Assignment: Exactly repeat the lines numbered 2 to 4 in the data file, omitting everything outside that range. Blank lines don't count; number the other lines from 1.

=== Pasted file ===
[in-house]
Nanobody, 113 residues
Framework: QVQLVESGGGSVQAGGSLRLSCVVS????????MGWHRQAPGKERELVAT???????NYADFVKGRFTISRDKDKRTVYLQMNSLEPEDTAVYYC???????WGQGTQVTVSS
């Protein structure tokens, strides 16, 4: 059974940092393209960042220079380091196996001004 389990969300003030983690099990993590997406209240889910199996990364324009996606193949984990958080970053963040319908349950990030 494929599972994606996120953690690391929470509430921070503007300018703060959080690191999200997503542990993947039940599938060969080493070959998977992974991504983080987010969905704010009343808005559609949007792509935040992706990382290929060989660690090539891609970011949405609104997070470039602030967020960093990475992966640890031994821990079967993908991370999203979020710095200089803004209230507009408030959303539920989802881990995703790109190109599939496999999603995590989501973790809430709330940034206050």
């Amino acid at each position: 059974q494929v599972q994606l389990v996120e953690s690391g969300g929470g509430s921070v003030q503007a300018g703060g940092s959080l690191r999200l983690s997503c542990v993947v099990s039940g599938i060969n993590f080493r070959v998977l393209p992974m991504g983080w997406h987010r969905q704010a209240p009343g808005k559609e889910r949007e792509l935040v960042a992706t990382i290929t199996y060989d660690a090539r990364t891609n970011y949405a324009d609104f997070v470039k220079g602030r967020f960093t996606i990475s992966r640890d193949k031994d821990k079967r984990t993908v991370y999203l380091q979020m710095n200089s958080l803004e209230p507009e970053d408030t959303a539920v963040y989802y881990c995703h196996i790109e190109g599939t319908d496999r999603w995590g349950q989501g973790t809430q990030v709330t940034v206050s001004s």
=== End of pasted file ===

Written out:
Nanobody, 113 residues
Framework: QVQLVESGGGSVQAGGSLRLSCVVS????????MGWHRQAPGKERELVAT???????NYADFVKGRFTISRDKDKRTVYLQMNSLEPEDTAVYYC???????WGQGTQVTVSS
């Protein structure tokens, strides 16, 4: 059974940092393209960042220079380091196996001004 389990969300003030983690099990993590997406209240889910199996990364324009996606193949984990958080970053963040319908349950990030 494929599972994606996120953690690391929470509430921070503007300018703060959080690191999200997503542990993947039940599938060969080493070959998977992974991504983080987010969905704010009343808005559609949007792509935040992706990382290929060989660690090539891609970011949405609104997070470039602030967020960093990475992966640890031994821990079967993908991370999203979020710095200089803004209230507009408030959303539920989802881990995703790109190109599939496999999603995590989501973790809430709330940034206050």